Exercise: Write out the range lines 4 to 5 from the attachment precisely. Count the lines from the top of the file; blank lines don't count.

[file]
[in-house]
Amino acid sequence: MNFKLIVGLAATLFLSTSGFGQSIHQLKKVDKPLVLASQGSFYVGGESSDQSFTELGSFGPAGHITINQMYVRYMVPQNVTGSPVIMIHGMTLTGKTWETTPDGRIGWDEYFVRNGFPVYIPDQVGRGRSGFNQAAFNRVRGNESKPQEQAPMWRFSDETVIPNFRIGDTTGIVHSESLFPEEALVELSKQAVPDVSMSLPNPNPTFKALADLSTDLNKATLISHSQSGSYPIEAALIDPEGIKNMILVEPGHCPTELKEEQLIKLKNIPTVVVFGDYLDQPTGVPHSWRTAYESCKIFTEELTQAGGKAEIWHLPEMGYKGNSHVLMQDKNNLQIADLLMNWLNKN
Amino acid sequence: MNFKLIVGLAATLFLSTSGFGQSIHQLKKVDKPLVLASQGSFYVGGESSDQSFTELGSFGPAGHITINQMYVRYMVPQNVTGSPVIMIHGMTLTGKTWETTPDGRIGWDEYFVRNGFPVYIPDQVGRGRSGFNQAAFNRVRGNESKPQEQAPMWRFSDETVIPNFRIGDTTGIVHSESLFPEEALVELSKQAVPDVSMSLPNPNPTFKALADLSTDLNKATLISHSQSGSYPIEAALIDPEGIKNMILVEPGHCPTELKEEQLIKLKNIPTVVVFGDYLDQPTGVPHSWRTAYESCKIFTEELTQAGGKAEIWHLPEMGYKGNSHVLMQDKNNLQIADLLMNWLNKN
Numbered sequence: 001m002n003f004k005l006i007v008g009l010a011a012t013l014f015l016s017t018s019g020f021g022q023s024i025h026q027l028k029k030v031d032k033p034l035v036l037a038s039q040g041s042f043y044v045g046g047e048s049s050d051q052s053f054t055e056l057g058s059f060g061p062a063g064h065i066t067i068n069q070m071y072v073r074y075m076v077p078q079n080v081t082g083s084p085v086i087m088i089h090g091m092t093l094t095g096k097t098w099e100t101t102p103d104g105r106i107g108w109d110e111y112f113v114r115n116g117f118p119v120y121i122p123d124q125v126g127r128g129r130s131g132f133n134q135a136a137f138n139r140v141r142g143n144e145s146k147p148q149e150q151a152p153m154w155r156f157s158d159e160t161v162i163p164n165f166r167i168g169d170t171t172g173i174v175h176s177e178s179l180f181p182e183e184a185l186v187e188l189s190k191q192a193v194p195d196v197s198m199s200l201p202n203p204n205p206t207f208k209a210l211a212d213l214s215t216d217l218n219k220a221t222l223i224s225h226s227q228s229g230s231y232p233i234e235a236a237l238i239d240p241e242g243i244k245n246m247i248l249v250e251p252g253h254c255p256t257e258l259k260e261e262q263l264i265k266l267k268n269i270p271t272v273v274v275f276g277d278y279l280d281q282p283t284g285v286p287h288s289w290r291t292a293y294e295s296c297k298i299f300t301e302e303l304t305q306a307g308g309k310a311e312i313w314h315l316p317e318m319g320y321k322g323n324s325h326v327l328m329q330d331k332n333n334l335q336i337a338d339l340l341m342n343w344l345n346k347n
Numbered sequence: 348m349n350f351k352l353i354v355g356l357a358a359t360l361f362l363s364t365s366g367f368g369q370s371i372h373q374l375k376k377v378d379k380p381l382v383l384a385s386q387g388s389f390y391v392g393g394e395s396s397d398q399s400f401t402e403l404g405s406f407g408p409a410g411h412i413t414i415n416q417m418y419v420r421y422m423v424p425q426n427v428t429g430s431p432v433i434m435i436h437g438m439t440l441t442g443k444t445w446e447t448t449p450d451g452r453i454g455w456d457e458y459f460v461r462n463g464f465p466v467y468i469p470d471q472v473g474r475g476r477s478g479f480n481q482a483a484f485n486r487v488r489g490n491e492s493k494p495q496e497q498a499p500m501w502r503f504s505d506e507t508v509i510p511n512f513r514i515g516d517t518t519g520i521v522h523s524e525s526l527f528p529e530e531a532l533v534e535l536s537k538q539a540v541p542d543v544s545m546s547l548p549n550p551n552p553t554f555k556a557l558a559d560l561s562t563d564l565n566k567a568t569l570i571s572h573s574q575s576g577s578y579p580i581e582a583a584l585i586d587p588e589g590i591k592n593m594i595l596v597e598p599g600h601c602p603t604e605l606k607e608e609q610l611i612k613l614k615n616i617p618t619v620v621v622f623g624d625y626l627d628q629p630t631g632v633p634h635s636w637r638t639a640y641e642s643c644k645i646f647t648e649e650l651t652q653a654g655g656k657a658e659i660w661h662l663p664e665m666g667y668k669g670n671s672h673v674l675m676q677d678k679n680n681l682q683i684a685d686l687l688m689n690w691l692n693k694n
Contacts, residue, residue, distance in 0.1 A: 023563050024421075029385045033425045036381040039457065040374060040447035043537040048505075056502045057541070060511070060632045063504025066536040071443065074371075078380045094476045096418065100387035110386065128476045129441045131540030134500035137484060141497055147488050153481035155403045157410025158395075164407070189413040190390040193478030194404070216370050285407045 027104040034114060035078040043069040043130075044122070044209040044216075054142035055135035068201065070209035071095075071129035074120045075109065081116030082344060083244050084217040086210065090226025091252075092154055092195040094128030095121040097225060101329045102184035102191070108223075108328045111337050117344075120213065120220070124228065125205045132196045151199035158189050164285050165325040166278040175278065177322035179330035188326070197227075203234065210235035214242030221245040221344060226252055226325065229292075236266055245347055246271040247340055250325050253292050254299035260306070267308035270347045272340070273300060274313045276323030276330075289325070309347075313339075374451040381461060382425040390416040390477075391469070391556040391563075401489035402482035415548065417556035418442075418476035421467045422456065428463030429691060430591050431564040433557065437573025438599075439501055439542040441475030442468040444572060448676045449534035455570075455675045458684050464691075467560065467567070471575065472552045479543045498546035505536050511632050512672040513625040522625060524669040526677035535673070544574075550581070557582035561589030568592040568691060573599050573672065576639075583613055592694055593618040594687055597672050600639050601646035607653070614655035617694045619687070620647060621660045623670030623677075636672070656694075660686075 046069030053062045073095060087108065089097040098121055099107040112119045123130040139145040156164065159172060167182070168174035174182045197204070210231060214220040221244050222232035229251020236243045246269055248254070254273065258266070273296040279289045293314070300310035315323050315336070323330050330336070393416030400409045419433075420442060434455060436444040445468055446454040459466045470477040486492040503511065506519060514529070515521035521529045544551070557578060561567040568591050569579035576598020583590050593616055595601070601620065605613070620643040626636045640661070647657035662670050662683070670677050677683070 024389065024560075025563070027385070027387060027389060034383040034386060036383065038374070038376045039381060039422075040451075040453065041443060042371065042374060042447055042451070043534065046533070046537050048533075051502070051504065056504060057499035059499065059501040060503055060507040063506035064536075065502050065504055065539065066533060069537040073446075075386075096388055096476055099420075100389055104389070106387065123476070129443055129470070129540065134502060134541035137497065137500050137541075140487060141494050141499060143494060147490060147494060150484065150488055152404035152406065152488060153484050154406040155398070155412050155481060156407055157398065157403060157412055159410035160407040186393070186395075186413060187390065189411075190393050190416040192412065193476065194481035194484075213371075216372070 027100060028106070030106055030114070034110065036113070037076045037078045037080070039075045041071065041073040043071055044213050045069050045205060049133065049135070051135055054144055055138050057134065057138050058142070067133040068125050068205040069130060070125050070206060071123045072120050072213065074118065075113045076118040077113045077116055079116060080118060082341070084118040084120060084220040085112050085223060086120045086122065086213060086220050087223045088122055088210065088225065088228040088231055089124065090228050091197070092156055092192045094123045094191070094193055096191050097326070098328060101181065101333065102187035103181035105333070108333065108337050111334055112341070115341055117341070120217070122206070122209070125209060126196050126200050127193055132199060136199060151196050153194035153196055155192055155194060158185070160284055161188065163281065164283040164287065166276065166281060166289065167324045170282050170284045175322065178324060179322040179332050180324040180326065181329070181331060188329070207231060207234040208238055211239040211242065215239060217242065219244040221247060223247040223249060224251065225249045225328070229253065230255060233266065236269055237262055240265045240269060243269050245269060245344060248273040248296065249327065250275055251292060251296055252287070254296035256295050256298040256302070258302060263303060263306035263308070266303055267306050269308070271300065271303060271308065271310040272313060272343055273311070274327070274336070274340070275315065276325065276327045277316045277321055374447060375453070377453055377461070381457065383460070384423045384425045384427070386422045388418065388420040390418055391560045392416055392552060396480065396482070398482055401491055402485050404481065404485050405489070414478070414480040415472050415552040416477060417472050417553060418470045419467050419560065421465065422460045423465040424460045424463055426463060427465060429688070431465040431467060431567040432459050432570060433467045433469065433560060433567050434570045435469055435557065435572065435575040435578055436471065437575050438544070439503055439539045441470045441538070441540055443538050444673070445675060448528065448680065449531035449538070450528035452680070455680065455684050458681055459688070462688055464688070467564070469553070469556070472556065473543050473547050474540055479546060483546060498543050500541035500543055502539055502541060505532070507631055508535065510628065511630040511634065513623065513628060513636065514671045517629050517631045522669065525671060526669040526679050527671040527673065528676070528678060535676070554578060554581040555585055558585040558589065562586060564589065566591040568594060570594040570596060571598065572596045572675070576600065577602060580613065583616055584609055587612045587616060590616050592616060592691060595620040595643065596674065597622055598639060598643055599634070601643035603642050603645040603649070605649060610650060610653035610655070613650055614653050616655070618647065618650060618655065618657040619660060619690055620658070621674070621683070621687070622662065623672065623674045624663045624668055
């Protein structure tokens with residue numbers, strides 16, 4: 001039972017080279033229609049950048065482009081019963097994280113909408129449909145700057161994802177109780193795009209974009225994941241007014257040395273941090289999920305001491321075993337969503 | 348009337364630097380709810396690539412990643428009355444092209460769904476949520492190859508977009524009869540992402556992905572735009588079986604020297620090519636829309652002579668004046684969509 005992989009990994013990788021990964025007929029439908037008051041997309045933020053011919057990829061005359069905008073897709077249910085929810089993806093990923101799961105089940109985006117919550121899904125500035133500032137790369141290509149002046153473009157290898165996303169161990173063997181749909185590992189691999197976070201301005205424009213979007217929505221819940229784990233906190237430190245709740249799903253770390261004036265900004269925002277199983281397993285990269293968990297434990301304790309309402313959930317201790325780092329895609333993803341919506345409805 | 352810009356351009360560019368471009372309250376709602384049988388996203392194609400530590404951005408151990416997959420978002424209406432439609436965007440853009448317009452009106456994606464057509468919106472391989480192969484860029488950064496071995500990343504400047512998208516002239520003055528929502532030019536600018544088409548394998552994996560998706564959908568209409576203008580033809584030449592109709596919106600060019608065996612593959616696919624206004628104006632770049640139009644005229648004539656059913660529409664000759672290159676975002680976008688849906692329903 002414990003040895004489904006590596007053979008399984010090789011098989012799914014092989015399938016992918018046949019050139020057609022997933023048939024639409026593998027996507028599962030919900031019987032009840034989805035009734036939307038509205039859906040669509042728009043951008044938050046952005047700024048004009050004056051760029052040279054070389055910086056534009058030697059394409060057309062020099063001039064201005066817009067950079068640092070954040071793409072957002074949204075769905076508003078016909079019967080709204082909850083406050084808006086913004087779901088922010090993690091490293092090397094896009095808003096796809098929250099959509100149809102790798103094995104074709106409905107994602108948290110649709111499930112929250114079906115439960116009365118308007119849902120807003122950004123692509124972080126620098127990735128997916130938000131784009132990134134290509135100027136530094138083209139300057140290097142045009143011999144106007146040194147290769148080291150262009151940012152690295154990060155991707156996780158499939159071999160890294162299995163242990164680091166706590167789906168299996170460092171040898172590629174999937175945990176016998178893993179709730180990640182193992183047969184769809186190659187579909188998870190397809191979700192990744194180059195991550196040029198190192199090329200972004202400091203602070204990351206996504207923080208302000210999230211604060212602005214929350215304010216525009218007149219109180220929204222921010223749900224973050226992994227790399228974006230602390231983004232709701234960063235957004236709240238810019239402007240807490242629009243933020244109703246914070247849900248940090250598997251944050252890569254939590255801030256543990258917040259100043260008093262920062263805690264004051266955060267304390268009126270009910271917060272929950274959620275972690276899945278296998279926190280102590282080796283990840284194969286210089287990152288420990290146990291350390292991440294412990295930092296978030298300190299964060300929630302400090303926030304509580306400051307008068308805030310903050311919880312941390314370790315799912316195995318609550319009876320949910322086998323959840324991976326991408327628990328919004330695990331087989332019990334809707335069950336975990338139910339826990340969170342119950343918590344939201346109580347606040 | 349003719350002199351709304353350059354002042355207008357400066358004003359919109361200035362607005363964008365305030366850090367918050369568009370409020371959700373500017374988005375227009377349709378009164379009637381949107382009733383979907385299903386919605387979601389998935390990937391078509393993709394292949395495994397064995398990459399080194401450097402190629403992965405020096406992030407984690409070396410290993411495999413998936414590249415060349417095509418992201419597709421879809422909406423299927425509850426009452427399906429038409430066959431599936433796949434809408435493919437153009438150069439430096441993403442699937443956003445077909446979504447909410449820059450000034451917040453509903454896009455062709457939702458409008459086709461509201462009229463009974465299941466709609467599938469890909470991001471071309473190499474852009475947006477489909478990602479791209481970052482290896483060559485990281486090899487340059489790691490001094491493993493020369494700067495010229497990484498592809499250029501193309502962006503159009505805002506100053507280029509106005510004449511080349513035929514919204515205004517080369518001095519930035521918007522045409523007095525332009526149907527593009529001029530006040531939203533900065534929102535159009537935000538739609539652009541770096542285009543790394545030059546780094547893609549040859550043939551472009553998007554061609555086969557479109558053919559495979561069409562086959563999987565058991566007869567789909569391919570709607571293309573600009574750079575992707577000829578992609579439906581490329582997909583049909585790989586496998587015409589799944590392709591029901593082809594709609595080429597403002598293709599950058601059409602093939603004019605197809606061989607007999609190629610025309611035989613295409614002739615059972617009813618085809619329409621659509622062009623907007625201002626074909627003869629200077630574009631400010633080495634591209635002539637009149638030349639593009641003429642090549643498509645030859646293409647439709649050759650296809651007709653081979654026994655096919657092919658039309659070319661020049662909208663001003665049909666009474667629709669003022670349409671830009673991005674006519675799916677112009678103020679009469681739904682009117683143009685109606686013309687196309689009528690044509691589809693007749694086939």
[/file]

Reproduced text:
Numbered sequence: 001m002n003f004k005l006i007v008g009l010a011a012t013l014f015l016s017t018s019g020f021g022q023s024i025h026q027l028k029k030v031d032k033p034l035v036l037a038s039q040g041s042f043y044v045g046g047e048s049s050d051q052s053f054t055e056l057g058s059f060g061p062a063g064h065i066t067i068n069q070m071y072v073r074y075m076v077p078q079n080v081t082g083s084p085v086i087m088i089h090g091m092t093l094t095g096k097t098w099e100t101t102p103d104g105r106i107g108w109d110e111y112f113v114r115n116g117f118p119v120y121i122p123d124q125v126g127r128g129r130s131g132f133n134q135a136a137f138n139r140v141r142g143n144e145s146k147p148q149e150q151a152p153m154w155r156f157s158d159e160t161v162i163p164n165f166r167i168g169d170t171t172g173i174v175h176s177e178s179l180f181p182e183e184a185l186v187e188l189s190k191q192a193v194p195d196v197s198m199s200l201p202n203p204n205p206t207f208k209a210l211a212d213l214s215t216d217l218n219k220a221t222l223i224s225h226s227q228s229g230s231y232p233i234e235a236a237l238i239d240p241e242g243i244k245n246m247i248l249v250e251p252g253h254c255p256t257e258l259k260e261e262q263l264i265k266l267k268n269i270p271t272v273v274v275f276g277d278y279l280d281q282p283t284g285v286p287h288s289w290r291t292a293y294e295s296c297k298i299f300t301e302e303l304t305q306a307g308g309k310a311e312i313w314h315l316p317e318m319g320y321k322g323n324s325h326v327l328m329q330d331k332n333n334l335q336i337a338d339l340l341m342n343w344l345n346k347n
Numbered sequence: 348m349n350f351k352l353i354v355g356l357a358a359t360l361f362l363s364t365s366g367f368g369q370s371i372h373q374l375k376k377v378d379k380p381l382v383l384a385s386q387g388s389f390y391v392g393g394e395s396s397d398q399s400f401t402e403l404g405s406f407g408p409a410g411h412i413t414i415n416q417m418y419v420r421y422m423v424p425q426n427v428t429g430s431p432v433i434m435i436h437g438m439t440l441t442g443k444t445w446e447t448t449p450d451g452r453i454g455w456d457e458y459f460v461r462n463g464f465p466v467y468i469p470d471q472v473g474r475g476r477s478g479f480n481q482a483a484f485n486r487v488r489g490n491e492s493k494p495q496e497q498a499p500m501w502r503f504s505d506e507t508v509i510p511n512f513r514i515g516d517t518t519g520i521v522h523s524e525s526l527f528p529e530e531a532l533v534e535l536s537k538q539a540v541p542d543v544s545m546s547l548p549n550p551n552p553t554f555k556a557l558a559d560l561s562t563d564l565n566k567a568t569l570i571s572h573s574q575s576g577s578y579p580i581e582a583a584l585i586d587p588e589g590i591k592n593m594i595l596v597e598p599g600h601c602p603t604e605l606k607e608e609q610l611i612k613l614k615n616i617p618t619v620v621v622f623g624d625y626l627d628q629p630t631g632v633p634h635s636w637r638t639a640y641e642s643c644k645i646f647t648e649e650l651t652q653a654g655g656k657a658e659i660w661h662l663p664e665m666g667y668k669g670n671s672h673v674l675m676q677d678k679n680n681l682q683i684a685d686l687l688m689n690w691l692n693k694n